As Hogan began to explain his thoughts on the swing, Wind began to scribble in his notebook, not wanting to miss a single word. (In later years, when interviewing a subject, modern-day reporters would use a tape recorder, but at that time it had not yet been invented.)
Wind would at times stop Hogan to ask a question or to clarify an important point. And when he reached the point at which he couldn’t possibly absorb another thought, Wind gave way to Ravielle, who armed with a still camera, snapped one photograph after another, capturing the various positions that would ultimately mirror Hogan’s thoughts.
During the next few days, Hogan continued to elaborate on his theories about the golf swing and the logic behind them. As they finished, the three men agreed that they would meet again, either at the end of 1956 or after the first of the year.
After returning to New York, Wind began writing a rough draft of the five-part series. At the same time, Ravielle started working from the photographs that he had taken earlier. He began by drawing pencil sketches that he would later show to Hogan for his approval before moving on to the final version.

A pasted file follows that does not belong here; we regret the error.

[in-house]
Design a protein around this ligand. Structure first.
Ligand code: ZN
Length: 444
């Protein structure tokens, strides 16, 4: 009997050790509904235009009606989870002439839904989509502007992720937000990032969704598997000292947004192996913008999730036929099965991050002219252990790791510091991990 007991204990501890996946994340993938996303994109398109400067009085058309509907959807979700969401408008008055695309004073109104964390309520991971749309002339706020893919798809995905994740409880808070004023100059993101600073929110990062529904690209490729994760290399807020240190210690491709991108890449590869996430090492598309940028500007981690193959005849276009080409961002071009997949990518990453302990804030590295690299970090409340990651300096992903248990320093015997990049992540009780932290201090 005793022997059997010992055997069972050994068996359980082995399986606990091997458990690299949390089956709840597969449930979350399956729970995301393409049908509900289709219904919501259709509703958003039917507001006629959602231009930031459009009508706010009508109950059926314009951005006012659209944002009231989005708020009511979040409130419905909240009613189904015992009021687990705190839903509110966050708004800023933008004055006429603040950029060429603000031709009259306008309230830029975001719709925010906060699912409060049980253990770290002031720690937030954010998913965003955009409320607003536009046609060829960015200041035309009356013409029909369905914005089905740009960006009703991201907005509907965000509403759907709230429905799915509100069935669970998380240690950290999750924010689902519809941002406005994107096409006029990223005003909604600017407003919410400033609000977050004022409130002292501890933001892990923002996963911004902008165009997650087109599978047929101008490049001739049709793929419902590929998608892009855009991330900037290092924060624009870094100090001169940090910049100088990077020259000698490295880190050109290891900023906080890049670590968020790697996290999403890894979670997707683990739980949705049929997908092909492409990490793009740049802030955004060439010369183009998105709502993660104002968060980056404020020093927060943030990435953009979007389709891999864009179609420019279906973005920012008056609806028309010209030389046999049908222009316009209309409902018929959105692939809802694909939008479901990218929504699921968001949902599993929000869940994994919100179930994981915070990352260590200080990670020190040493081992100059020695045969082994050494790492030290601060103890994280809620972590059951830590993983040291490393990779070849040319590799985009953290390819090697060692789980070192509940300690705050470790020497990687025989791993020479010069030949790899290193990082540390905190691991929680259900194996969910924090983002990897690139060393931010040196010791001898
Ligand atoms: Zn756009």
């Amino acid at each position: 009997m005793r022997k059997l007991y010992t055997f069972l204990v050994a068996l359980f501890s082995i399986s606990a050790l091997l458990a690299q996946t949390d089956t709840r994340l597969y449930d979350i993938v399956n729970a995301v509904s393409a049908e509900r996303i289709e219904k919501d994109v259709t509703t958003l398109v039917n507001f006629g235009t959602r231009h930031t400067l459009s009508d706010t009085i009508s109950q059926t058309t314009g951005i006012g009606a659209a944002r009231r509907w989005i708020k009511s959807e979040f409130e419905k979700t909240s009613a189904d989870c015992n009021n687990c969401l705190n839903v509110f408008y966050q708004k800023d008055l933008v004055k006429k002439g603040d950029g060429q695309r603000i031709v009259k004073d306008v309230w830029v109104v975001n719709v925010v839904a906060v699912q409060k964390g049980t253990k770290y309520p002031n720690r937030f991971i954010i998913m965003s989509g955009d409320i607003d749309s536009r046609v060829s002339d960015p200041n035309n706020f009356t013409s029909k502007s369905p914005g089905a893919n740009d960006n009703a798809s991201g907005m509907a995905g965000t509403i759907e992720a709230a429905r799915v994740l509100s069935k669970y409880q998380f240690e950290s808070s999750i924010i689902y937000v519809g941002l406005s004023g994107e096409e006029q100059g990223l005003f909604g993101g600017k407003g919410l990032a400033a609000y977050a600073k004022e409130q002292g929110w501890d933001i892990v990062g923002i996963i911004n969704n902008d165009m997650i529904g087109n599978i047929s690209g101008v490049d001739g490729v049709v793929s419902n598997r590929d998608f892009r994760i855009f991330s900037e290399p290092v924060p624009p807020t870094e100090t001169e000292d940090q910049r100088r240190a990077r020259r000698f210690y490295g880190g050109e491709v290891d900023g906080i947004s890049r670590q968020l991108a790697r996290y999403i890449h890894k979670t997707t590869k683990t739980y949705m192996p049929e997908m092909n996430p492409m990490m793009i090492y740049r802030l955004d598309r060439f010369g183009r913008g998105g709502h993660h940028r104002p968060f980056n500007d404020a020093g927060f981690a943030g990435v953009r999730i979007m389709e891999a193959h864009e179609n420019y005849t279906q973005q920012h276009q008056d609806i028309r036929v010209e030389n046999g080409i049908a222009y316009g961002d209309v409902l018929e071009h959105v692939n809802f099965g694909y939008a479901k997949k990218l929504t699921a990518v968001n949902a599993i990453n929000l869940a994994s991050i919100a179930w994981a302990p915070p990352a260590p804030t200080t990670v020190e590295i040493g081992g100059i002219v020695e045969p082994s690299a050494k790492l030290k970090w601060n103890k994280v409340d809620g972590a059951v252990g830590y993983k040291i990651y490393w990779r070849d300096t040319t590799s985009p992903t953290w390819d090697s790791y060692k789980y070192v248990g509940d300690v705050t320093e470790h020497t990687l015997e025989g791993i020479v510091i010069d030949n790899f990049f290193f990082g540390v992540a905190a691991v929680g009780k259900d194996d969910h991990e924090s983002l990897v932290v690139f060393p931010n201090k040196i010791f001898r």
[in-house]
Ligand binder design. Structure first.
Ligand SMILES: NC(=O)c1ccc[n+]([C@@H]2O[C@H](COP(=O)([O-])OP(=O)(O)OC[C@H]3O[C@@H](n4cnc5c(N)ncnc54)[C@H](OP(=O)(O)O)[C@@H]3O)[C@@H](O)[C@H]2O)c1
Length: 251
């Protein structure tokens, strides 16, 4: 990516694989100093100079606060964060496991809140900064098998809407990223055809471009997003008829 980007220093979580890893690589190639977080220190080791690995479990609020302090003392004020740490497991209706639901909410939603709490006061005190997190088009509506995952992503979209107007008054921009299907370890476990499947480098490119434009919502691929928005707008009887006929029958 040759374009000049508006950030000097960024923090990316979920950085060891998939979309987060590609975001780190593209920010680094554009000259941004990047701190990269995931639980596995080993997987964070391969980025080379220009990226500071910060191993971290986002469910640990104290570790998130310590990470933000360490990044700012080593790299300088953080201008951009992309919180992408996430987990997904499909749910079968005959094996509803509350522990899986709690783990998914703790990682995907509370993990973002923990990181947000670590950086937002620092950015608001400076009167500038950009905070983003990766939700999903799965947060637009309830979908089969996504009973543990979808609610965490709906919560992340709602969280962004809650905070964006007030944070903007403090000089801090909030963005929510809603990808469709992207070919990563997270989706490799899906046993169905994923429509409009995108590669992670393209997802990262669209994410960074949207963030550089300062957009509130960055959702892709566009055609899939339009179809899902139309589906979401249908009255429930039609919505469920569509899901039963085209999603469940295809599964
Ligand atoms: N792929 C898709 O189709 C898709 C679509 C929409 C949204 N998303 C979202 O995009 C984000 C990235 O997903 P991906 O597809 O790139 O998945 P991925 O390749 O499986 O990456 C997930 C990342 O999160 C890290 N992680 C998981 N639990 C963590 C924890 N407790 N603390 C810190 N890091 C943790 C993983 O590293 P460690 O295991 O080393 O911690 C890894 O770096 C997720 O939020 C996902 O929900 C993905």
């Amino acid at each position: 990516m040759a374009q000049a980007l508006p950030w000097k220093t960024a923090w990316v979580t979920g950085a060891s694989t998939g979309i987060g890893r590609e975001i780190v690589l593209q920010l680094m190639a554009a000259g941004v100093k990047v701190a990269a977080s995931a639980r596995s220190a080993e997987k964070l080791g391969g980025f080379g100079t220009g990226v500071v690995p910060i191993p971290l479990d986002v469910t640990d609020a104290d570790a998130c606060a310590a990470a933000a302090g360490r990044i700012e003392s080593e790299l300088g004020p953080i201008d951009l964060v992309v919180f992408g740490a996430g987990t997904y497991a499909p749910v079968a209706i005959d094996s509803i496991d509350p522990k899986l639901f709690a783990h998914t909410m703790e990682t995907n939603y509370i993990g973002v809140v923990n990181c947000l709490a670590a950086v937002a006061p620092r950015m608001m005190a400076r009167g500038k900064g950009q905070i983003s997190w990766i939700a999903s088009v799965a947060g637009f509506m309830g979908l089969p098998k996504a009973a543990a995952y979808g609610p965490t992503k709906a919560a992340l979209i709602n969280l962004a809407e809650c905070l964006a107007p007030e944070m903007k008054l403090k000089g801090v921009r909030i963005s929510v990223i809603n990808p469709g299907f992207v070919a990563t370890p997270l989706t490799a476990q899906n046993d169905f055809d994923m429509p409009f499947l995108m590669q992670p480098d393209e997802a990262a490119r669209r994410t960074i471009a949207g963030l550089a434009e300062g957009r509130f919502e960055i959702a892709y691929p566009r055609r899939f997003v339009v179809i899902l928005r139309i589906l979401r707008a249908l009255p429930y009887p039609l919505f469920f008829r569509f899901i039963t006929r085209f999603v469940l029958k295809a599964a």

The three gathered together again for a week-long session in January 1957. Hogan was extremely impressed with Ravielle’s sketches, believing that he had managed to capture the very essence of what he was attempting to covey to his would-be readers.
The pencil sketches would be transformed a final time using a “scratch-board” technique that Ravielle had mastered. The scratch-board technique created a uniquely vivid picture, which invited the reader to reach out and touch the seemingly life-like image on the page.
Wind’s spirits were buoyed after meeting with Hogan a second time as he wrote, “Hogan had gone into a much more detailed description of the workings of the golf swing then we had anticipated. Moreover, he had patently enjoyed the challenge and had given it everything he had.”
On returning to New York, Wind and Reveille begin working together, side by side, laying out the text, the illustrations, and captions in page form for each of the five chapters.
As Wind recounted, “When an installment was completed and had gone through the production department, we airmailed photostats of the pages to Hogan, who was in Palm Beach getting ready for the Masters. I would telephone Ben at his apartment at an appointed time each week, and we would go over each paragraph line by line. A session usually took between 45 minutes to an hour.”